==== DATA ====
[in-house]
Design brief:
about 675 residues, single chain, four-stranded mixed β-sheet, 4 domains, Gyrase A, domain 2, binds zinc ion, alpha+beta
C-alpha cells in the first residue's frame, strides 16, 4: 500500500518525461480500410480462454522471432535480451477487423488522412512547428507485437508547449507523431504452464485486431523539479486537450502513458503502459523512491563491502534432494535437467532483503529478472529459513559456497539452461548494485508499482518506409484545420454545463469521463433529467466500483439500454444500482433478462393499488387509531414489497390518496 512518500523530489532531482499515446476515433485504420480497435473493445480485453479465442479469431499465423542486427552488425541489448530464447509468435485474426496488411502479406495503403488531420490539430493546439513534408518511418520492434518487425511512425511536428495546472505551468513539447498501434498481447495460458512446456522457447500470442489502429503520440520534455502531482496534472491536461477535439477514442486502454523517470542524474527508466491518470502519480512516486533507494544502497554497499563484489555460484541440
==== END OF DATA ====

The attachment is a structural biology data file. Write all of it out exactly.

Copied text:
[in-house]
Design brief:
about 675 residues, single chain, four-stranded mixed β-sheet, 4 domains, Gyrase A, domain 2, binds zinc ion, alpha+beta
C-alpha cells in the first residue's frame, strides 16, 4: 500500500518525461480500410480462454522471432535480451477487423488522412512547428507485437508547449507523431504452464485486431523539479486537450502513458503502459523512491563491502534432494535437467532483503529478472529459513559456497539452461548494485508499482518506409484545420454545463469521463433529467466500483439500454444500482433478462393499488387509531414489497390518496 512518500523530489532531482499515446476515433485504420480497435473493445480485453479465442479469431499465423542486427552488425541489448530464447509468435485474426496488411502479406495503403488531420490539430493546439513534408518511418520492434518487425511512425511536428495546472505551468513539447498501434498481447495460458512446456522457447500470442489502429503520440520534455502531482496534472491536461477535439477514442486502454523517470542524474527508466491518470502519480512516486533507494544502497554497499563484489555460484541440